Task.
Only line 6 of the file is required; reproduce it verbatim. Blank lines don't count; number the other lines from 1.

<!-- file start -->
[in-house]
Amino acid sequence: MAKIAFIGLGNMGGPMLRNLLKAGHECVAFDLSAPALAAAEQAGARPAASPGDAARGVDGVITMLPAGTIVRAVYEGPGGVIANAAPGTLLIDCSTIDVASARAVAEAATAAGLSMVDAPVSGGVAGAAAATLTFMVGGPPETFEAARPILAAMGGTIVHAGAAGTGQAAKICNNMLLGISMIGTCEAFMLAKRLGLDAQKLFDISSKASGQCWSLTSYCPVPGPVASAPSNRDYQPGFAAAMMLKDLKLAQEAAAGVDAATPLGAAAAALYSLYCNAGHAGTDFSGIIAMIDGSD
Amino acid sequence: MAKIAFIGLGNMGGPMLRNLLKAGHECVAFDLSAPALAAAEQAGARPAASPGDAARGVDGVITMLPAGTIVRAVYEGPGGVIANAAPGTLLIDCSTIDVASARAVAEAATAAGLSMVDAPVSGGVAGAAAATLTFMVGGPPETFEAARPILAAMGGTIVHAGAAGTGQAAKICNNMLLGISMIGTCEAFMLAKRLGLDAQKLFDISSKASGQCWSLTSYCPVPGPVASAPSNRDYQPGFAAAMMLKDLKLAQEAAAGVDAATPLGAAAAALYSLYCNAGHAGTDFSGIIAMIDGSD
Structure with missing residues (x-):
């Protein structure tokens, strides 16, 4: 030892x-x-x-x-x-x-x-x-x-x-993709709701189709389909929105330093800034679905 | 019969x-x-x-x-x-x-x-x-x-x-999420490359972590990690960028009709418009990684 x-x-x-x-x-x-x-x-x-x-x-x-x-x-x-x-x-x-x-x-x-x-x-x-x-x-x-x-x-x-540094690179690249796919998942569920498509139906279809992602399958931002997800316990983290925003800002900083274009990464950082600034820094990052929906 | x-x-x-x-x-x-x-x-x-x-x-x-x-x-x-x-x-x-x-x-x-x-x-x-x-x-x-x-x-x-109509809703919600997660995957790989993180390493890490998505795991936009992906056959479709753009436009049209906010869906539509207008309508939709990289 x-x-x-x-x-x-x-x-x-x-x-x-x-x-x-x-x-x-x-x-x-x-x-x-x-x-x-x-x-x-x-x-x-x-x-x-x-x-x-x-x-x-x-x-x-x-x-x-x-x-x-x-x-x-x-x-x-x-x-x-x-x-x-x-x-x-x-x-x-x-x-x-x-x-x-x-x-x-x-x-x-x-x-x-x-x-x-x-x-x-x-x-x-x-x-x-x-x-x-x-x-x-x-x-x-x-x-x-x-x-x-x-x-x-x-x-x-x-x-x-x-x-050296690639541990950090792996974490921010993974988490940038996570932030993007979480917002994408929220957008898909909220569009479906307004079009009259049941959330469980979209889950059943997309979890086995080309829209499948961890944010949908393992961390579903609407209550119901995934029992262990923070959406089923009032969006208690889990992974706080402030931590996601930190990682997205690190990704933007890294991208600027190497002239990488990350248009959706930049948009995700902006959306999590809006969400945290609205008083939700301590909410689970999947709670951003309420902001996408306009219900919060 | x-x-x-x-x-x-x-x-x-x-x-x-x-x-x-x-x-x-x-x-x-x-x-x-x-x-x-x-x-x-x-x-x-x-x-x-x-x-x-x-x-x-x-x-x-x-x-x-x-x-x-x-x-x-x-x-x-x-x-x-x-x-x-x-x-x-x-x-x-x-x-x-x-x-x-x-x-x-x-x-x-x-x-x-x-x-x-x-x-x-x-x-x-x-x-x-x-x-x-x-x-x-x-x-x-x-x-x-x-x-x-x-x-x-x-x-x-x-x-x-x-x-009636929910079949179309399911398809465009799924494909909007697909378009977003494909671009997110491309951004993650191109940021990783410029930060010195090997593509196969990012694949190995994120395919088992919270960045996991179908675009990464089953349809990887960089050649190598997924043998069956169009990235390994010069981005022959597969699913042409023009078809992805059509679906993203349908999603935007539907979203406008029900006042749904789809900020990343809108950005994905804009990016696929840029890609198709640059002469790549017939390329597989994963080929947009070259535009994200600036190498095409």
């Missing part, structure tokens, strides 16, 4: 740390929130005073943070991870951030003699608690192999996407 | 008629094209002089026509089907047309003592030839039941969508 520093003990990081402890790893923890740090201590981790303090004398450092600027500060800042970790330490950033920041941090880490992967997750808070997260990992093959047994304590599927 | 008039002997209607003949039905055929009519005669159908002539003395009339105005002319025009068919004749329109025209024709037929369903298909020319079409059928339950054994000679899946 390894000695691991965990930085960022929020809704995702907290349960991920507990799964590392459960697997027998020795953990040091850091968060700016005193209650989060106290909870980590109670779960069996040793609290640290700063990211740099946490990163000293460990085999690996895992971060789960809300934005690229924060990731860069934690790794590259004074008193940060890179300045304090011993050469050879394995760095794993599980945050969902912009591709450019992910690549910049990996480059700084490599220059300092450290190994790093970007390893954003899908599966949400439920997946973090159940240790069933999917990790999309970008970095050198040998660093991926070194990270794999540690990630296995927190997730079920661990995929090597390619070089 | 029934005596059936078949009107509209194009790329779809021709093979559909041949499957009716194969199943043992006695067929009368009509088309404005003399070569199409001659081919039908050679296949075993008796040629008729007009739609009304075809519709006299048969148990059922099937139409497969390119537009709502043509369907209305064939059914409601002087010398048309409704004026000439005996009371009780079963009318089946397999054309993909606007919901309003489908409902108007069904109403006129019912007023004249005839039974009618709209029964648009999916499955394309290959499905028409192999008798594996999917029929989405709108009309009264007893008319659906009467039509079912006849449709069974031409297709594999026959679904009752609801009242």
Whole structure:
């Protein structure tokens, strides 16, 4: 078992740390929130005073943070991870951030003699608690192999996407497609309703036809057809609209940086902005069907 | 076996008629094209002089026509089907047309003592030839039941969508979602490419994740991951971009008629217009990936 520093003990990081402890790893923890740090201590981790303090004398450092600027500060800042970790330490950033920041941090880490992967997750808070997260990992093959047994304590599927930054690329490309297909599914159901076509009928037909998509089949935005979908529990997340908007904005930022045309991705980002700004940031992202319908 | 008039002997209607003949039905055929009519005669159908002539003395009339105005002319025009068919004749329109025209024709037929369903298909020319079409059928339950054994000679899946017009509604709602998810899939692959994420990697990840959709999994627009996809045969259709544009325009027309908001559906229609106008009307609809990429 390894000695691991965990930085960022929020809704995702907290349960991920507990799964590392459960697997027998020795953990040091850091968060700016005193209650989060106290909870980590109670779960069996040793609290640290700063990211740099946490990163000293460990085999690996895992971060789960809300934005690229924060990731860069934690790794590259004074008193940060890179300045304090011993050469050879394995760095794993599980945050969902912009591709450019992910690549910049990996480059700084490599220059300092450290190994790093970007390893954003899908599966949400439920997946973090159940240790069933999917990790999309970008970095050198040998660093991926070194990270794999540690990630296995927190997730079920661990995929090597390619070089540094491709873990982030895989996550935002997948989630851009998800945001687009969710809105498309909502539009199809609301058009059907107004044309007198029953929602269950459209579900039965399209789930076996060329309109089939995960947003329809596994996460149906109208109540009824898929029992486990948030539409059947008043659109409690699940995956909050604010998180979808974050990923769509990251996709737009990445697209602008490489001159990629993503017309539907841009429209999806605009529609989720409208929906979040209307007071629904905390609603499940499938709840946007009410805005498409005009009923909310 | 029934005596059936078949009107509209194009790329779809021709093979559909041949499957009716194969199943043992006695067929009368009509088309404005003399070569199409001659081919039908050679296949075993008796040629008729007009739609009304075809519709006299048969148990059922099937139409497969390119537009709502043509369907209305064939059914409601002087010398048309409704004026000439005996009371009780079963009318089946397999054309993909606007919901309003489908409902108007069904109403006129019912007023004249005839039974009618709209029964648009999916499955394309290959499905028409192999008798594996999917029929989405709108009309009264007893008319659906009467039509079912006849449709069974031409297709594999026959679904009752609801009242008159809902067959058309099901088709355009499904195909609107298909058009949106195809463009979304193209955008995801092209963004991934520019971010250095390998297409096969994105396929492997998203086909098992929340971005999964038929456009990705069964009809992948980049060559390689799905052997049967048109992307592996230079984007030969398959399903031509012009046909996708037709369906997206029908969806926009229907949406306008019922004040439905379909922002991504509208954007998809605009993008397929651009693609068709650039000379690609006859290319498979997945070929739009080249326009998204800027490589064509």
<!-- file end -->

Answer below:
């Missing part, structure tokens, strides 16, 4: 740390929130005073943070991870951030003699608690192999996407 | 008629094209002089026509089907047309003592030839039941969508 520093003990990081402890790893923890740090201590981790303090004398450092600027500060800042970790330490950033920041941090880490992967997750808070997260990992093959047994304590599927 | 008039002997209607003949039905055929009519005669159908002539003395009339105005002319025009068919004749329109025209024709037929369903298909020319079409059928339950054994000679899946 390894000695691991965990930085960022929020809704995702907290349960991920507990799964590392459960697997027998020795953990040091850091968060700016005193209650989060106290909870980590109670779960069996040793609290640290700063990211740099946490990163000293460990085999690996895992971060789960809300934005690229924060990731860069934690790794590259004074008193940060890179300045304090011993050469050879394995760095794993599980945050969902912009591709450019992910690549910049990996480059700084490599220059300092450290190994790093970007390893954003899908599966949400439920997946973090159940240790069933999917990790999309970008970095050198040998660093991926070194990270794999540690990630296995927190997730079920661990995929090597390619070089 | 029934005596059936078949009107509209194009790329779809021709093979559909041949499957009716194969199943043992006695067929009368009509088309404005003399070569199409001659081919039908050679296949075993008796040629008729007009739609009304075809519709006299048969148990059922099937139409497969390119537009709502043509369907209305064939059914409601002087010398048309409704004026000439005996009371009780079963009318089946397999054309993909606007919901309003489908409902108007069904109403006129019912007023004249005839039974009618709209029964648009999916499955394309290959499905028409192999008798594996999917029929989405709108009309009264007893008319659906009467039509079912006849449709069974031409297709594999026959679904009752609801009242």